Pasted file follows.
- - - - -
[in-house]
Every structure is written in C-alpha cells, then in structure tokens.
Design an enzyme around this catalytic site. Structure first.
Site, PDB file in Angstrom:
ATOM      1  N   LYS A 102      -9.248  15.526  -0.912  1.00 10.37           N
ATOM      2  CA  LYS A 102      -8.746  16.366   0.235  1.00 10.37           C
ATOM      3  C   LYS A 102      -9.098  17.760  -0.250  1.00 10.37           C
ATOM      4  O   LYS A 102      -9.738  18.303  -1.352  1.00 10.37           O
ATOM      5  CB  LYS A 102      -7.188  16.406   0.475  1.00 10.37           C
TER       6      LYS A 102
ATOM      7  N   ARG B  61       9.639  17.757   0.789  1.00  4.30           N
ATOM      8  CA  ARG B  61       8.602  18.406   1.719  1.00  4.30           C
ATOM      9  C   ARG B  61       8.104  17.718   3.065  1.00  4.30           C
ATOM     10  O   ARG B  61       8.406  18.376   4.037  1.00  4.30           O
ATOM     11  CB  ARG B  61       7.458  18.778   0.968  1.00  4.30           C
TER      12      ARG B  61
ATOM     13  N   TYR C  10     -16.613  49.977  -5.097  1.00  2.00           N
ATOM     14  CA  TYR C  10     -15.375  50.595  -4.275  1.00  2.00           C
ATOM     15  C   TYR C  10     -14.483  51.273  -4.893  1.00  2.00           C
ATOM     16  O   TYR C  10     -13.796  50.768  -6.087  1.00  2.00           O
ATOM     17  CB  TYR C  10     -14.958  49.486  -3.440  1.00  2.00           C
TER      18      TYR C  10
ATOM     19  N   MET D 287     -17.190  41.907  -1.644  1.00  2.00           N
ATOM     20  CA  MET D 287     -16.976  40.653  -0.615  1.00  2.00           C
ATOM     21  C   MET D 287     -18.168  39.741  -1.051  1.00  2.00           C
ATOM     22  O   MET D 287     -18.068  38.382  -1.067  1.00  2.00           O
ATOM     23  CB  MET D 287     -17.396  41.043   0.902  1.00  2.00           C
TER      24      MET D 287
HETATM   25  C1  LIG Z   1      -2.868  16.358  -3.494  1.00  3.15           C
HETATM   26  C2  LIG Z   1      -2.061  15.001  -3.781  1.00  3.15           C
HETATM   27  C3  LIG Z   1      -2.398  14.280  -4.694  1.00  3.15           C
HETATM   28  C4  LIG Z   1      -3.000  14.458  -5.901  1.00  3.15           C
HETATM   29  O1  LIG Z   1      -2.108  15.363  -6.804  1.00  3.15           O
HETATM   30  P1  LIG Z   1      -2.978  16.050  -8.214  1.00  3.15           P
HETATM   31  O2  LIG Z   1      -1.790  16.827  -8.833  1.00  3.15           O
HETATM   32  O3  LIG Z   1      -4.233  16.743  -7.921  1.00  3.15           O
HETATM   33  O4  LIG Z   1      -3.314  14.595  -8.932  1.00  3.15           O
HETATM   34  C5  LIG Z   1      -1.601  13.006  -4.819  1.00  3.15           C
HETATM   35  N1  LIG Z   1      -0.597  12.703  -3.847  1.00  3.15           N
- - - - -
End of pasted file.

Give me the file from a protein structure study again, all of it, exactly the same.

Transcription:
[in-house]
Every structure is written in C-alpha cells, then in structure tokens.
Design an enzyme around this catalytic site. Structure first.
Site, PDB file in Angstrom:
ATOM      1  N   LYS A 102      -9.248  15.526  -0.912  1.00 10.37           N
ATOM      2  CA  LYS A 102      -8.746  16.366   0.235  1.00 10.37           C
ATOM      3  C   LYS A 102      -9.098  17.760  -0.250  1.00 10.37           C
ATOM      4  O   LYS A 102      -9.738  18.303  -1.352  1.00 10.37           O
ATOM      5  CB  LYS A 102      -7.188  16.406   0.475  1.00 10.37           C
TER       6      LYS A 102
ATOM      7  N   ARG B  61       9.639  17.757   0.789  1.00  4.30           N
ATOM      8  CA  ARG B  61       8.602  18.406   1.719  1.00  4.30           C
ATOM      9  C   ARG B  61       8.104  17.718   3.065  1.00  4.30           C
ATOM     10  O   ARG B  61       8.406  18.376   4.037  1.00  4.30           O
ATOM     11  CB  ARG B  61       7.458  18.778   0.968  1.00  4.30           C
TER      12      ARG B  61
ATOM     13  N   TYR C  10     -16.613  49.977  -5.097  1.00  2.00           N
ATOM     14  CA  TYR C  10     -15.375  50.595  -4.275  1.00  2.00           C
ATOM     15  C   TYR C  10     -14.483  51.273  -4.893  1.00  2.00           C
ATOM     16  O   TYR C  10     -13.796  50.768  -6.087  1.00  2.00           O
ATOM     17  CB  TYR C  10     -14.958  49.486  -3.440  1.00  2.00           C
TER      18      TYR C  10
ATOM     19  N   MET D 287     -17.190  41.907  -1.644  1.00  2.00           N
ATOM     20  CA  MET D 287     -16.976  40.653  -0.615  1.00  2.00           C
ATOM     21  C   MET D 287     -18.168  39.741  -1.051  1.00  2.00           C
ATOM     22  O   MET D 287     -18.068  38.382  -1.067  1.00  2.00           O
ATOM     23  CB  MET D 287     -17.396  41.043   0.902  1.00  2.00           C
TER      24      MET D 287
HETATM   25  C1  LIG Z   1      -2.868  16.358  -3.494  1.00  3.15           C
HETATM   26  C2  LIG Z   1      -2.061  15.001  -3.781  1.00  3.15           C
HETATM   27  C3  LIG Z   1      -2.398  14.280  -4.694  1.00  3.15           C
HETATM   28  C4  LIG Z   1      -3.000  14.458  -5.901  1.00  3.15           C
HETATM   29  O1  LIG Z   1      -2.108  15.363  -6.804  1.00  3.15           O
HETATM   30  P1  LIG Z   1      -2.978  16.050  -8.214  1.00  3.15           P
HETATM   31  O2  LIG Z   1      -1.790  16.827  -8.833  1.00  3.15           O
HETATM   32  O3  LIG Z   1      -4.233  16.743  -7.921  1.00  3.15           O
HETATM   33  O4  LIG Z   1      -3.314  14.595  -8.932  1.00  3.15           O
HETATM   34  C5  LIG Z   1      -1.601  13.006  -4.819  1.00  3.15           C
HETATM   35  N1  LIG Z   1      -0.597  12.703  -3.847  1.00  3.15           N